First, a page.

The Wilderness Society and SaveOurEnvironment.org have brought to my attention another scheme from pro-drilling factions in the Senate to open the Alaskan National Wildlife Refuge (ANWR) to oil exploration and extraction. It seems that Senate Energy and Natural Resources Chairman Pete Domenici (Republican-New Mexico) said Wednesday that drilling language would finally be dropped from the budget reconciliation bill pending before US Congress.
However, this is only a temporary victory as drilling proponents, led by Senator Ted Stevens (R-Alaska), are planning to shift their efforts to the Defense Appropriations Bill instead. They intend to add ANWR language to the must-pass Defense spending bill as a last-ditch attempt to open up ANWR before the Senate recesses for the holidays.
According to Platts, House and Senate aides said that Sen Steven, Congress' most ardent supporter for opening up the refuge to drilling, is attempting to collect enough votes to override the almost certain Democratic filibuster of the Defense bill if ANWR language were included. They report that an unidentified Senate aide said yesterday that Stevens did not have the necessary 60 votes to override a filibuster, and reports today indicate that he only has 52 votes.
Reuters reports that Senate Democrats said they will fight any effort by Republicans to use the crucial Defense Department budget bill to open ANWR to oil drilling. Most Democrats - excepting a few from oil-producing states - oppose drilling and have fought repeated efforts by drilling proponents to open ANWR. This latest attempt seems to be no exception.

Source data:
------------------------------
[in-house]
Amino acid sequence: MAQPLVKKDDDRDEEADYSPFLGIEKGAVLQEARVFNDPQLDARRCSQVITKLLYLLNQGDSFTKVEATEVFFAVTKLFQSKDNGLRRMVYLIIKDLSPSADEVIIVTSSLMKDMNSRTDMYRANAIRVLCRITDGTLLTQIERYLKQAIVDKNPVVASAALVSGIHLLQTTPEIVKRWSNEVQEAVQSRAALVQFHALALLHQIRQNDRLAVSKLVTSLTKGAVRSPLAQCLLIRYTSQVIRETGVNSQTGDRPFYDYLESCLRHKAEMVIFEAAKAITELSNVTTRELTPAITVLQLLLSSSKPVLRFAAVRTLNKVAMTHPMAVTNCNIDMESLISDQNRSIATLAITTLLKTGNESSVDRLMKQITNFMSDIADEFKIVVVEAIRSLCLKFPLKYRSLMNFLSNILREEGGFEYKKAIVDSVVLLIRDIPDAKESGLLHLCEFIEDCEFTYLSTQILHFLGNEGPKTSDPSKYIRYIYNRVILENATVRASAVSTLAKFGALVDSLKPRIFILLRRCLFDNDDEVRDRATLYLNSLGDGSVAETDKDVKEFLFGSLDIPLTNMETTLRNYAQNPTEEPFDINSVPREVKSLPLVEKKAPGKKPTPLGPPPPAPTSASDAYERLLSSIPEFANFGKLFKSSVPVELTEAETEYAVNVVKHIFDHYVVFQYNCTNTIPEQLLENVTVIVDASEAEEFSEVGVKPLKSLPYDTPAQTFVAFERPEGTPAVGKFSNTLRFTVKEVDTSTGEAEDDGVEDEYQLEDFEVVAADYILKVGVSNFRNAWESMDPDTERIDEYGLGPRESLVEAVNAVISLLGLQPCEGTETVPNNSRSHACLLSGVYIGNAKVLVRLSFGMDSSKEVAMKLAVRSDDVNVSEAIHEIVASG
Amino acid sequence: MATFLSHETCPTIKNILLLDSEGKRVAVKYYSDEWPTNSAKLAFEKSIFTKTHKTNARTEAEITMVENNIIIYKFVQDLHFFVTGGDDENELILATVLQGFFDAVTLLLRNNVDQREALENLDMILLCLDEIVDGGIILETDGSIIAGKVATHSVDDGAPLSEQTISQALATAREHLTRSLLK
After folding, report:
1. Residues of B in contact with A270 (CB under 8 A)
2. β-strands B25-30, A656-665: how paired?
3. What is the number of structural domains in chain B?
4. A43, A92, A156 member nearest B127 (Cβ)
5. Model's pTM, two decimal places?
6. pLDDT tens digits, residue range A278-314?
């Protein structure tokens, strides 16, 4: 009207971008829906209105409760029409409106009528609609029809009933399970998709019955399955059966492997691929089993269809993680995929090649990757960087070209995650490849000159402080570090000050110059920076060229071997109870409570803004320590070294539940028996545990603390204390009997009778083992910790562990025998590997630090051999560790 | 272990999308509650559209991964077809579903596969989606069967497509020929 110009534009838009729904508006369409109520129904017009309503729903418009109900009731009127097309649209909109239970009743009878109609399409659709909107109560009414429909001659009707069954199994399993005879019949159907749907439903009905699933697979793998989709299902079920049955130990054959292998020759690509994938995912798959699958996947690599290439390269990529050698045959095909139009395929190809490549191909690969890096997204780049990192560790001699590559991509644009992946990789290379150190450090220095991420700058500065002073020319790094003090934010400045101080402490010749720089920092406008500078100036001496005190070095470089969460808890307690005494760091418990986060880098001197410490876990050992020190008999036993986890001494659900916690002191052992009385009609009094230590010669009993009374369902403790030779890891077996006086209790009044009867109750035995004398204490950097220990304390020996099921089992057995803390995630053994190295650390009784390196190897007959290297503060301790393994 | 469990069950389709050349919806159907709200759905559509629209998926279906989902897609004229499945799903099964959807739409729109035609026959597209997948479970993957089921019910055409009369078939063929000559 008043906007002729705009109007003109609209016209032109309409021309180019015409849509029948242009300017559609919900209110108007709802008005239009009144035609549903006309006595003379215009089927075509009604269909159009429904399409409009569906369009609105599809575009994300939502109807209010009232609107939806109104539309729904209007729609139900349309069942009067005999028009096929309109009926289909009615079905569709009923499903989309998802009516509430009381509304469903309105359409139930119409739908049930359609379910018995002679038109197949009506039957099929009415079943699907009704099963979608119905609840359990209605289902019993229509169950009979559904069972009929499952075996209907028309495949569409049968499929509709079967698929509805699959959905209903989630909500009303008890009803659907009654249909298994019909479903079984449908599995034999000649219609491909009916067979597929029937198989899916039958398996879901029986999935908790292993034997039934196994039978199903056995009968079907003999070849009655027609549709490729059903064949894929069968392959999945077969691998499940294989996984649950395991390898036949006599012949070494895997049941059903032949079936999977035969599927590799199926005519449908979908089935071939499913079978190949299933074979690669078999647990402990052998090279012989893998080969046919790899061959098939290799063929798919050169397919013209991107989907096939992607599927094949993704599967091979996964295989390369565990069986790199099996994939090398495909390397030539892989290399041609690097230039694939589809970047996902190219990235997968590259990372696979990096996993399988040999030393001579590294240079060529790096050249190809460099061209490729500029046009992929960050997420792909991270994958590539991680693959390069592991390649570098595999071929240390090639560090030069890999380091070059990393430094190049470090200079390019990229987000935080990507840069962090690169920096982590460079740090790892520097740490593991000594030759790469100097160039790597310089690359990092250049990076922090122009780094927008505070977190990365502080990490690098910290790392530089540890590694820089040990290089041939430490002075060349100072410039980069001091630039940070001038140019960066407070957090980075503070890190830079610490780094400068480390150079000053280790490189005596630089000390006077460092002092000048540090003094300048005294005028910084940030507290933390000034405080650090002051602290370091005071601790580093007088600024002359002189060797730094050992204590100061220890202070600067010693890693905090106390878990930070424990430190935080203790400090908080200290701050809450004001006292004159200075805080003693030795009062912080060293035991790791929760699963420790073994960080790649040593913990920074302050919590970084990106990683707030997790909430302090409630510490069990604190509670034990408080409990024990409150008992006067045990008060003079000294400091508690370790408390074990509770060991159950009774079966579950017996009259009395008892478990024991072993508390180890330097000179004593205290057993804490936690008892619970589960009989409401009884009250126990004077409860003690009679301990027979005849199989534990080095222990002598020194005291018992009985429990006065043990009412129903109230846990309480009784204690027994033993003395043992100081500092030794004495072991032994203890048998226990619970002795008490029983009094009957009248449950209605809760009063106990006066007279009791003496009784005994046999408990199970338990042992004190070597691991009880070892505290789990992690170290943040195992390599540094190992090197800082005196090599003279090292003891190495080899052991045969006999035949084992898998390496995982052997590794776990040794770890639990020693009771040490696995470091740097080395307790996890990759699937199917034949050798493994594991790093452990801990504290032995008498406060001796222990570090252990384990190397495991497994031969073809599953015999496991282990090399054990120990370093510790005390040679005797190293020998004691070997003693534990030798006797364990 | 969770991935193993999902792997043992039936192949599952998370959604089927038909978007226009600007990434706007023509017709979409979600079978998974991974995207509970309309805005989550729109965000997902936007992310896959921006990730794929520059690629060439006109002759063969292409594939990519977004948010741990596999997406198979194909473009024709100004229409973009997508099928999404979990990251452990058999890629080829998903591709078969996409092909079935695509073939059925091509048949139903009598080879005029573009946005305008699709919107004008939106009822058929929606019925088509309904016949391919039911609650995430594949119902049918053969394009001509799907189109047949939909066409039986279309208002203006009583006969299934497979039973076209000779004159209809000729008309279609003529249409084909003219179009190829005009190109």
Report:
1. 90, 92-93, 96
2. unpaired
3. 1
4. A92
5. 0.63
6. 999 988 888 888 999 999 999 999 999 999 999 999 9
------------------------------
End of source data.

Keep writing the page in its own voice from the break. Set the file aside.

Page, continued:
Reuters reports that Senate Democratic Leader Harry Reid said if the ANWR drilling language is in the defense spending legislation Democrats would argue it violates Senate rules because the provision is not related to defense issues. "The (Senate) parliamentarian will rule in our favor," Reid told reporters.
Democrat John Kerry (D-Mass.) weighed in as well, saying, "It's appalling that the United States Senate is willing to hold our troops and hurricane victims hostage to their desperate attempts to satisfy big oil and drill in the Arctic Refuge."
"Debate about the future of the Arctic Refuge is a debate about our failed energy policy and our environmental legacy, not about the funding of our men and women and uniform, and it would be grossly irresponsible to include the drilling provision in the final Defense Appropriations bill," said Democrat Russ Feingold.
However, the defense spending measure is the only major legislation moving through Congress that ANWR could hitch a ride on, according to Senator Domenici, a major supporter of drilling in the refuge. "It's clear (ANWR drilling is) not going in the budget ... If anything it's going in the appropriations bill on defense," Domenici is quoted in the Reuters article.
According to Reuters, when Jeff Bingaman, the ranking Democrat on the Senate's energy panel, was asked if his fellow Democrats would filibuster such a move, he responded: "I would be surprised if some did not."
Senator Stevens has been pusing the hardest to find some way to open up ANWR for drilling and it seems that he has ruled out no tricks to see it done. His state stands to get half the estimated $10 billion in bonus bids that energy companies might pay to drill in ANW, assuming oil prices were around $50 a barrel. The federal government would be the recipient of the other half of the revenue.